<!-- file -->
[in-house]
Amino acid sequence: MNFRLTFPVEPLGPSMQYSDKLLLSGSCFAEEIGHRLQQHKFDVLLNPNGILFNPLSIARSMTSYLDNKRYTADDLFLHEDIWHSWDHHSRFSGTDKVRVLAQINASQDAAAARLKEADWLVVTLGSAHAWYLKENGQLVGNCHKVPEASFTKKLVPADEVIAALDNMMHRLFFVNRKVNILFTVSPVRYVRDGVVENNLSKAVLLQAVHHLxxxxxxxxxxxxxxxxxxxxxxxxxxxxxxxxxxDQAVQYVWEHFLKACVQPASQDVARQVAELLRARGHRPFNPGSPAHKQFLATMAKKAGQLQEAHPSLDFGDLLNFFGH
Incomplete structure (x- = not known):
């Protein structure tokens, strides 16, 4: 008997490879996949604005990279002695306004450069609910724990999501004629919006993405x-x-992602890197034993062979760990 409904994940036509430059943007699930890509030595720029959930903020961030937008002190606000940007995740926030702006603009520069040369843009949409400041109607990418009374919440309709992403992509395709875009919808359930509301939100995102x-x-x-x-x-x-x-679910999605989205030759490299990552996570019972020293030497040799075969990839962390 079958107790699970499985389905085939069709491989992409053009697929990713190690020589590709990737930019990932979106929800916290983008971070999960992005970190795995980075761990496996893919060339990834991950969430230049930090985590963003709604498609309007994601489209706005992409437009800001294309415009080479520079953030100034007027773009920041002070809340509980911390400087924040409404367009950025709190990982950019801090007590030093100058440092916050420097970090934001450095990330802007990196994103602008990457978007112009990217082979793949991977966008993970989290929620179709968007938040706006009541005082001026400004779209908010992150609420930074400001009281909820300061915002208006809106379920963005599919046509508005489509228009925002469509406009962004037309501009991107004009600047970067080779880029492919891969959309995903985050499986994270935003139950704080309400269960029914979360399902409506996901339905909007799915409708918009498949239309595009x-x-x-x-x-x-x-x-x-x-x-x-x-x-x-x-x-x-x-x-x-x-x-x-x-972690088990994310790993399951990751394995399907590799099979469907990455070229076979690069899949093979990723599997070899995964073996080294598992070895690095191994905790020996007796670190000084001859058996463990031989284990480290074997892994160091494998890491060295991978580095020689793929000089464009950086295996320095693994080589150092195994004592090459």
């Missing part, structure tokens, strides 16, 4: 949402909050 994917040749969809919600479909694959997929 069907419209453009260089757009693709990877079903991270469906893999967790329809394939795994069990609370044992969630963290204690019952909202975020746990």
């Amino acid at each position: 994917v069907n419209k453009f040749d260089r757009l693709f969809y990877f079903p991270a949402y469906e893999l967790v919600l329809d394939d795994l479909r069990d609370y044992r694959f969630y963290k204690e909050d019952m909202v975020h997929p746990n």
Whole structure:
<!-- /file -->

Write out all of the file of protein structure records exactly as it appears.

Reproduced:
[in-house]
Amino acid sequence: MNFRLTFPVEPLGPSMQYSDKLLLSGSCFAEEIGHRLQQHKFDVLLNPNGILFNPLSIARSMTSYLDNKRYTADDLFLHEDIWHSWDHHSRFSGTDKVRVLAQINASQDAAAARLKEADWLVVTLGSAHAWYLKENGQLVGNCHKVPEASFTKKLVPADEVIAALDNMMHRLFFVNRKVNILFTVSPVRYVRDGVVENNLSKAVLLQAVHHLxxxxxxxxxxxxxxxxxxxxxxxxxxxxxxxxxxDQAVQYVWEHFLKACVQPASQDVARQVAELLRARGHRPFNPGSPAHKQFLATMAKKAGQLQEAHPSLDFGDLLNFFGH
Incomplete structure (x- = not known):
């Protein structure tokens, strides 16, 4: 008997490879996949604005990279002695306004450069609910724990999501004629919006993405x-x-992602890197034993062979760990 409904994940036509430059943007699930890509030595720029959930903020961030937008002190606000940007995740926030702006603009520069040369843009949409400041109607990418009374919440309709992403992509395709875009919808359930509301939100995102x-x-x-x-x-x-x-679910999605989205030759490299990552996570019972020293030497040799075969990839962390 079958107790699970499985389905085939069709491989992409053009697929990713190690020589590709990737930019990932979106929800916290983008971070999960992005970190795995980075761990496996893919060339990834991950969430230049930090985590963003709604498609309007994601489209706005992409437009800001294309415009080479520079953030100034007027773009920041002070809340509980911390400087924040409404367009950025709190990982950019801090007590030093100058440092916050420097970090934001450095990330802007990196994103602008990457978007112009990217082979793949991977966008993970989290929620179709968007938040706006009541005082001026400004779209908010992150609420930074400001009281909820300061915002208006809106379920963005599919046509508005489509228009925002469509406009962004037309501009991107004009600047970067080779880029492919891969959309995903985050499986994270935003139950704080309400269960029914979360399902409506996901339905909007799915409708918009498949239309595009x-x-x-x-x-x-x-x-x-x-x-x-x-x-x-x-x-x-x-x-x-x-x-x-x-972690088990994310790993399951990751394995399907590799099979469907990455070229076979690069899949093979990723599997070899995964073996080294598992070895690095191994905790020996007796670190000084001859058996463990031989284990480290074997892994160091494998890491060295991978580095020689793929000089464009950086295996320095693994080589150092195994004592090459």
């Missing part, structure tokens, strides 16, 4: 949402909050 994917040749969809919600479909694959997929 069907419209453009260089757009693709990877079903991270469906893999967790329809394939795994069990609370044992969630963290204690019952909202975020746990």
């Amino acid at each position: 994917v069907n419209k453009f040749d260089r757009l693709f969809y990877f079903p991270a949402y469906e893999l967790v919600l329809d394939d795994l479909r069990d609370y044992r694959f969630y963290k204690e909050d019952m909202v975020h997929p746990n």
Whole structure: